The Whistling Ghost of Charleston
Charleston South Carolina has its fair share of ghosts. Some mysterious, some evil and some downright jovial. This is a tale of the latter. Although, he died in less than ideal circumstances, Dr. Joseph Brown returns to 59 Church Street to whistle a happy tune.
Joseph Brown came to Charleston on a cold, dreary night in 1786. He had come to South Carolina hoping the weather would do him good, but he was missing his native Rhode Island already. The driver of the carriage had all but kicked him out in front of a tavern where he told Brown it would be better if he found lodging there for the night.
Brown sat in the tavern, afraid for his life as the rest of the people there were much rougher around the edges that the educated Brown. Suddenly, a well dressed man walked into the bar. Spying Joseph, the man made his way over and introduced himself. "My name is Ralph Isaacs" the man told him. "Forgive me for saying, but this is no place for a gentleman. Follow me and I'll take you somewhere you'll be more comfortable".
Brown followed the man and soon they were in a quiet carriage headed for a better inn. Along the way the two discovered they had much in common and began to build a friendship. Over the following months, Brown found permanent lodging with two elderly sisters. They both grew to adore him and looked forward to the song he would whistle as he bounded down the stairs. It was and old English tune and it let the old women know that he was in the greatest of spirits. He built up a successful medical practice through his poetry and charm was rocketed to the top of Charleston society.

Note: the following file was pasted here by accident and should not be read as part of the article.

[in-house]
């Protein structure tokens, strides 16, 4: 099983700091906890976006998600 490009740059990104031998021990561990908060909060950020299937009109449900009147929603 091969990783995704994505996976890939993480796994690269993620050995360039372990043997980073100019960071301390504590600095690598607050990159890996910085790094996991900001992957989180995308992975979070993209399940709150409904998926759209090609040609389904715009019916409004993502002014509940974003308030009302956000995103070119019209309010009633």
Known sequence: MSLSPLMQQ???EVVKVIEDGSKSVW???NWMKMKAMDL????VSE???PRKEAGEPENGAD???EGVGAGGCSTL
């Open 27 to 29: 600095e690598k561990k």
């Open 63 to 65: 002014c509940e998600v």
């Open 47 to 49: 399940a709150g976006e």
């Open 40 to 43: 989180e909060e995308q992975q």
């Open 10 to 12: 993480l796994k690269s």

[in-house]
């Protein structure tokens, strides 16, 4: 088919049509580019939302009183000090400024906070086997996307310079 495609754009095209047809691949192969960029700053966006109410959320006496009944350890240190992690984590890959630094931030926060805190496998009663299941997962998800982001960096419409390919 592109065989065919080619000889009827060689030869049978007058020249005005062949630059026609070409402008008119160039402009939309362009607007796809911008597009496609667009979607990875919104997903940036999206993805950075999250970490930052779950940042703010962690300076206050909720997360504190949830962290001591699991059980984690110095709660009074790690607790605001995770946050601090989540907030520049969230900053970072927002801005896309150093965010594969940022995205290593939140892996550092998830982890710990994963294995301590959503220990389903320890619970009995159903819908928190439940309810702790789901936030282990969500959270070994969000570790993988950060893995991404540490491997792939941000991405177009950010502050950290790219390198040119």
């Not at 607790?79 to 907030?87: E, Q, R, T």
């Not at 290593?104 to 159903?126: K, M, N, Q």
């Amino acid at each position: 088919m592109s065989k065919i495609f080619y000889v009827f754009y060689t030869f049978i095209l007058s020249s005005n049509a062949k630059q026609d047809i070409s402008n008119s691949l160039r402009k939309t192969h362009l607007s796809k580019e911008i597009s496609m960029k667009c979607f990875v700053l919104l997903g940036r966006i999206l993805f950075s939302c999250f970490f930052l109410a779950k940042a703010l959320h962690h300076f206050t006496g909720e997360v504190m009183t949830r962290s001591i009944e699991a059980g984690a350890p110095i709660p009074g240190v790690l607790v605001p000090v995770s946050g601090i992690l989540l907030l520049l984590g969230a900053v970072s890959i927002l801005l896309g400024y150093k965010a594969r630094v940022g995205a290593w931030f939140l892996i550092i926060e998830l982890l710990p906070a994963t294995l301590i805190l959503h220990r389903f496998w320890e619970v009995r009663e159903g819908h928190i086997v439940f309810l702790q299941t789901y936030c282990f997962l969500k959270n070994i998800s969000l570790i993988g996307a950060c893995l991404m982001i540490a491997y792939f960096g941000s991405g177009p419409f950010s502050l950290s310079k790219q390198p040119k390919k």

The quick pace and ease at which Joseph Brown became a star in social circles began to make his friend Ralph Isaacs jealous. The rift between them grew until it exploded over, of all things, the quality of performance at the theater one night. The two traded barbs in the local papers until things escalated to the point where only a duel would settle the score.
The morning of the duel dawned and the two men met at the designated spot. Brown had not wanted it to come to this, but it was too late to back out now. The men were placed back to back, they walked twenty steps and turned. Brown fired his pistol straight up into the air. Isaacs, filled with jealous rage, fired a shot into each of Brown's legs just below the knee. He wanted to cripple the young doctor for life.
As it turns out, his life wasn't that long. try as the two sisters did to care for him, within a few weeks Joseph Brown was dead. But his whistling tune and bounding footsteps can still be heard in the house where he lived and died 59 Church Street.